The Norwegian Brand Promotes a Culture of Environmentalism


TBAWe are posting this blog from Norway where we came to support and present at the annual “Mixer” which supports entrepreneurialism at the Norwegian University of Science and Technology (NTNU) in Trondheim. This is the largest technical university in Norway and has a robust entrepreneurial program and brand.

This was our first time in Norway, and we were impressed with the country and the culture. Here is a modern, wealthy country with clean streets, a litter-free environment supported by on-going environmental education starting in kindergarten, and a government that promotes conservation, health and alternative transportation.

For instance, if you buy an electric vehicle, the tax is a fraction of what it would be on a gas-powered vehicle. We were told that more Tesla electric cars are sold here than any other country in Europe. At NTNU, electric cars get special free parking close to the classrooms and free recharge!

Bicycles are the preferred method of transportation and they even have studded tires for the snow. A comprehensive bicycle path network extends out in all directions. Walking as a means of transportation is common and most Norwegians are in great shape. They think nothing of walking 10 kilometers per day, even when the temperature dips down to freezing. Hiking trails are everywhere with an interesting twist: The country has a tradition of giving its citizens access to the land, even private lands but it comes with a responsibility to respect and protect any private property you may traverse.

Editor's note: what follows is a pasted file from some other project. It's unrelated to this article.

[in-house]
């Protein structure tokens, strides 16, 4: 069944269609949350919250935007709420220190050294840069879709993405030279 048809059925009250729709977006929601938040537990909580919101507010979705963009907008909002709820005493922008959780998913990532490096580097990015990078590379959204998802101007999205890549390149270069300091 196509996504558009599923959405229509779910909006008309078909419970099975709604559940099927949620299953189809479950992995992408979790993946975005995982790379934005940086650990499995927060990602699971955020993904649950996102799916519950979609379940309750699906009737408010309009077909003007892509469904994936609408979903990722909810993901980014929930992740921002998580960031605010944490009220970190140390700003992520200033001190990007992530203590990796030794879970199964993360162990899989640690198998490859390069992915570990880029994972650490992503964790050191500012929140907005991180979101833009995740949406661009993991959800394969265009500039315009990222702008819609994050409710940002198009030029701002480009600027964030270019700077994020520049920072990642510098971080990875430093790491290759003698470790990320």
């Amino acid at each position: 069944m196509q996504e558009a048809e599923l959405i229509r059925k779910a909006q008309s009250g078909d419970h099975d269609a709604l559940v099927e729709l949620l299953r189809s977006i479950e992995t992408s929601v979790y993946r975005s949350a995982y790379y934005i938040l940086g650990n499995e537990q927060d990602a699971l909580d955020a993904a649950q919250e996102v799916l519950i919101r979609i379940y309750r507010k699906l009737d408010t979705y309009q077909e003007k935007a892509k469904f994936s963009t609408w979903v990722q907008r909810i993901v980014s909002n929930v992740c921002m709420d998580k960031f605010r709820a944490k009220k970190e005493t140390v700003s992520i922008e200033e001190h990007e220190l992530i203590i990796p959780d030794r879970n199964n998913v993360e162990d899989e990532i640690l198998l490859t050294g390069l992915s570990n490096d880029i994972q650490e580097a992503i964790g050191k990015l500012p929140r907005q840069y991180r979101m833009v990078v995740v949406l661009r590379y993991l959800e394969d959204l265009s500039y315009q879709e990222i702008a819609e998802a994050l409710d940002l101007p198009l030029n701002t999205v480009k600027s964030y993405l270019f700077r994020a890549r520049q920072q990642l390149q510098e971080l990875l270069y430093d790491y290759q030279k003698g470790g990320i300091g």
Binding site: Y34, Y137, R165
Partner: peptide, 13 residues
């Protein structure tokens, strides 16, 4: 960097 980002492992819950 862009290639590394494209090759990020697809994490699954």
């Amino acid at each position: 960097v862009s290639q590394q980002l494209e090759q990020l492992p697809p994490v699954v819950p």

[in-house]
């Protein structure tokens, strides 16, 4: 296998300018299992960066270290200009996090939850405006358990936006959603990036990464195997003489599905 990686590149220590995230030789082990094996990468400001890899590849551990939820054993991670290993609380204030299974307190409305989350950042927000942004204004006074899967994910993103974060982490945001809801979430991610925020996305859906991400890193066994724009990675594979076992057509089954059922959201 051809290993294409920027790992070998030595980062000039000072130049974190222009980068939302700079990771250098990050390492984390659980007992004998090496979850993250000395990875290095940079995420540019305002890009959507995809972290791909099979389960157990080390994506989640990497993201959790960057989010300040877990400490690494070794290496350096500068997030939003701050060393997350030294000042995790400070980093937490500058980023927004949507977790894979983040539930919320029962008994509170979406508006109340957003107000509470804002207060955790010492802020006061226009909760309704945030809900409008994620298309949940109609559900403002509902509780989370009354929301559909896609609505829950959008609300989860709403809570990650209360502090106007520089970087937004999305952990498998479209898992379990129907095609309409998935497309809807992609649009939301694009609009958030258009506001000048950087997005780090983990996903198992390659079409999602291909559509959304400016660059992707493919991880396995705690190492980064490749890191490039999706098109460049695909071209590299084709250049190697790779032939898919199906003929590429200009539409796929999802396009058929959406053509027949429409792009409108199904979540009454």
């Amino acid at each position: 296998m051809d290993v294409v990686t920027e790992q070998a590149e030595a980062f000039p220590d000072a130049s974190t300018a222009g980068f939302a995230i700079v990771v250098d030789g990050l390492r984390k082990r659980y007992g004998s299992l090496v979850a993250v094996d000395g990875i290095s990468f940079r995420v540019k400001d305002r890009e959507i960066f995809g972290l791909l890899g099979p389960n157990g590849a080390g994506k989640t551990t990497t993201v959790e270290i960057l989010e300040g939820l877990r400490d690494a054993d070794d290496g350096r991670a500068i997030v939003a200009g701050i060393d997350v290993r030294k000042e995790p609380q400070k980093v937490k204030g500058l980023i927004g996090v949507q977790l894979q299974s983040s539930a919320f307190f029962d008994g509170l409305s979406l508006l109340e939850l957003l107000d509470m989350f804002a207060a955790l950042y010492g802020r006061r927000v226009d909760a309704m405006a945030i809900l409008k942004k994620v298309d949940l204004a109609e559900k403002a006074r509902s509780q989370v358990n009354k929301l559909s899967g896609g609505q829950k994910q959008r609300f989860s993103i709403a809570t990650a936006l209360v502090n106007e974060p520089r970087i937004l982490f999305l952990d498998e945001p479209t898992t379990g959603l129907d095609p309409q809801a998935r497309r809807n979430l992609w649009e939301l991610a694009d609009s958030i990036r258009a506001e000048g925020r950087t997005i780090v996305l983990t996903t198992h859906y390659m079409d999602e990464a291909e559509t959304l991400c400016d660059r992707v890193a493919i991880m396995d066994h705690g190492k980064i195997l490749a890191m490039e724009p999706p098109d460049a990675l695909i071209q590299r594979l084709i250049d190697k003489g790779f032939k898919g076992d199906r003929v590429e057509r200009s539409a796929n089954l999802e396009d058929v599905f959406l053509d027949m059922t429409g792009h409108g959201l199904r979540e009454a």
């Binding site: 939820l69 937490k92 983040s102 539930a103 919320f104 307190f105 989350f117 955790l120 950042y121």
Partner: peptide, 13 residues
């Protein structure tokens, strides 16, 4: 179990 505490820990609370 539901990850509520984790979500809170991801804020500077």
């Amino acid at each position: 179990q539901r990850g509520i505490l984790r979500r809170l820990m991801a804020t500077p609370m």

Public transportation is dependable, clean and either electric or natural gas powered. Most of the students are without automobiles. Solar panels are everywhere and so are wind turbines. The buildings are constructed to be energy efficient with triple-paned windows and convection designs.

The parks are immaculate and there’s an understanding among all citizens that one just doesn’t litter or pollute. It’s all part of their healthy and fit life style. Comprehensive recycling programs abound with trash receptacles clearly marked for plastic, organic, paper, metal or other. At NTNU several of the students are starting businesses that convert recycled materials into new products.

Norway has a high percentage of literacy, secondary education and world travelers. They pretty much all speak English and are very helpful with directions and suggestions. Americans are popular and will feel right at home.

The food was surprising tasty for a cold country with a limited growing season. The vegetables were fresh, the meats were lean and grass fed, the salmon and halibut were locally sourced.

The culture and social conventions are a little different from ours but perhaps a little more sincere. For instance, you only shake hands upon first meeting because they may think you don’t remember them if you do it again later on. Don’t smile at strangers lest you be considered drunk, insane, or a foreigner. Cheek kissing is out, but touching cheeks as a sign of friendship is in. And when you are a friend, it’s for life!

They have a great sense of equality and distain any outward show of wealth or position. We saw another conference going on that was a national group committed to treating boys and girls equally in kindergarten where they believe role types and expectations are instituted. And at our talk, over half the students of entrepreneurship were women.

During our visit to Norway, we couldn’t help but think that this is the healthy future we all strive for and it’s here now! From environmental preservation to thoughtful recycling; from alternative transportation to healthy lifestyles; from locally sourced food to social equality, Norway is a country we can all learn from. We’ll be back!